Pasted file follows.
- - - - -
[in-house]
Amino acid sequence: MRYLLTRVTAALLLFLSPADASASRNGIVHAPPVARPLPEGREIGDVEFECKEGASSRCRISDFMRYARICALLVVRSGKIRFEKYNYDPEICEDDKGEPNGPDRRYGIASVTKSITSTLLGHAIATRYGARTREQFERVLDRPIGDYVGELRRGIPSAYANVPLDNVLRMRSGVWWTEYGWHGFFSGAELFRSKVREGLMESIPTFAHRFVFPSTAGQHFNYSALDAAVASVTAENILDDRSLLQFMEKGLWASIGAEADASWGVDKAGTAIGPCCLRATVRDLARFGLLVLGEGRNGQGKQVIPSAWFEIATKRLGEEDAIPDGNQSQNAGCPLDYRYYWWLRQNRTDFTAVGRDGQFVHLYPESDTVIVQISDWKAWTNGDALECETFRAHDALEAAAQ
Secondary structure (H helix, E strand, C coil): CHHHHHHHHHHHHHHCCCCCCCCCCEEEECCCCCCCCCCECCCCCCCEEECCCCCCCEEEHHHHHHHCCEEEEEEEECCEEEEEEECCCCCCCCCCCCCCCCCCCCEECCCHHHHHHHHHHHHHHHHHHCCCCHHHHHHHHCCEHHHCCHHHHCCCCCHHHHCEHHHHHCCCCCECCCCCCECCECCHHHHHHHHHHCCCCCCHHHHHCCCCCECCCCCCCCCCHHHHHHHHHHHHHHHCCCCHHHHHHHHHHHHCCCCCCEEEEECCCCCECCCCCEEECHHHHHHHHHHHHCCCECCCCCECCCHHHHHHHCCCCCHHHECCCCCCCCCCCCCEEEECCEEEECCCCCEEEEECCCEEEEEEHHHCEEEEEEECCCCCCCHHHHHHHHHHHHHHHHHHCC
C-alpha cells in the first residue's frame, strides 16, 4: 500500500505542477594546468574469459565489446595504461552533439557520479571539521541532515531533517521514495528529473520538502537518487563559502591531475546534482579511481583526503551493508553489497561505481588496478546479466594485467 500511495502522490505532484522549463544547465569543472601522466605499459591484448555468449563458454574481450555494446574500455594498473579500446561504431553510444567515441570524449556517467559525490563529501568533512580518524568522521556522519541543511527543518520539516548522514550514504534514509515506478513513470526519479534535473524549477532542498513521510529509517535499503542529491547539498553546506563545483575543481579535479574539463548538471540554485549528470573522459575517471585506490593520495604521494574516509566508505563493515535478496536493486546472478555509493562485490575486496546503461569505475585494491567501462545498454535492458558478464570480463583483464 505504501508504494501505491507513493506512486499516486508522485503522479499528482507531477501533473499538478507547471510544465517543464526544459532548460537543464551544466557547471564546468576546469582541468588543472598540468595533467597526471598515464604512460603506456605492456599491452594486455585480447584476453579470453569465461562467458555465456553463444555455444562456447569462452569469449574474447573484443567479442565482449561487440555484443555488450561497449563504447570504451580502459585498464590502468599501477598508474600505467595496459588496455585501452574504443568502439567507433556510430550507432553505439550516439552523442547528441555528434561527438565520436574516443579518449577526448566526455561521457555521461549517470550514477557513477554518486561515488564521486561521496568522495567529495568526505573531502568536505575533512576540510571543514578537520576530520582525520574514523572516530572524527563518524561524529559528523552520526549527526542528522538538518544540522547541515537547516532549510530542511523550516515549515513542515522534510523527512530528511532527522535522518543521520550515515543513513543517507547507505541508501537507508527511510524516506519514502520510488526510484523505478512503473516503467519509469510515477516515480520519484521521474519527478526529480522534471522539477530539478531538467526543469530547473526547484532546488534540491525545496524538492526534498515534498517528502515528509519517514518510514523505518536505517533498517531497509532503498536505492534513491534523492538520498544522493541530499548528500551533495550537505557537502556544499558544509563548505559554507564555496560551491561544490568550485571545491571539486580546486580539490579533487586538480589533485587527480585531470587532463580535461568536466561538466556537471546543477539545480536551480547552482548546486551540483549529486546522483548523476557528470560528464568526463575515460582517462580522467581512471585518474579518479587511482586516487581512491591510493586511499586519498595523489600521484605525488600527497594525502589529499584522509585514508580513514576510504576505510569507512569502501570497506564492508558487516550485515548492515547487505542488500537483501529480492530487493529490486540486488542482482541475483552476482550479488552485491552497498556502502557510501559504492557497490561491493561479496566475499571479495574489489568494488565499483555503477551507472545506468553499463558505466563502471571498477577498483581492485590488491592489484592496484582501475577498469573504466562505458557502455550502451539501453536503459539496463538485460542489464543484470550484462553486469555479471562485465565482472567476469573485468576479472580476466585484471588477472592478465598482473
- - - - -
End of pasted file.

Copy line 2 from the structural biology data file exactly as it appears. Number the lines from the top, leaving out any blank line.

Amino acid sequence: MRYLLTRVTAALLLFLSPADASASRNGIVHAPPVARPLPEGREIGDVEFECKEGASSRCRISDFMRYARICALLVVRSGKIRFEKYNYDPEICEDDKGEPNGPDRRYGIASVTKSITSTLLGHAIATRYGARTREQFERVLDRPIGDYVGELRRGIPSAYANVPLDNVLRMRSGVWWTEYGWHGFFSGAELFRSKVREGLMESIPTFAHRFVFPSTAGQHFNYSALDAAVASVTAENILDDRSLLQFMEKGLWASIGAEADASWGVDKAGTAIGPCCLRATVRDLARFGLLVLGEGRNGQGKQVIPSAWFEIATKRLGEEDAIPDGNQSQNAGCPLDYRYYWWLRQNRTDFTAVGRDGQFVHLYPESDTVIVQISDWKAWTNGDALECETFRAHDALEAAAQ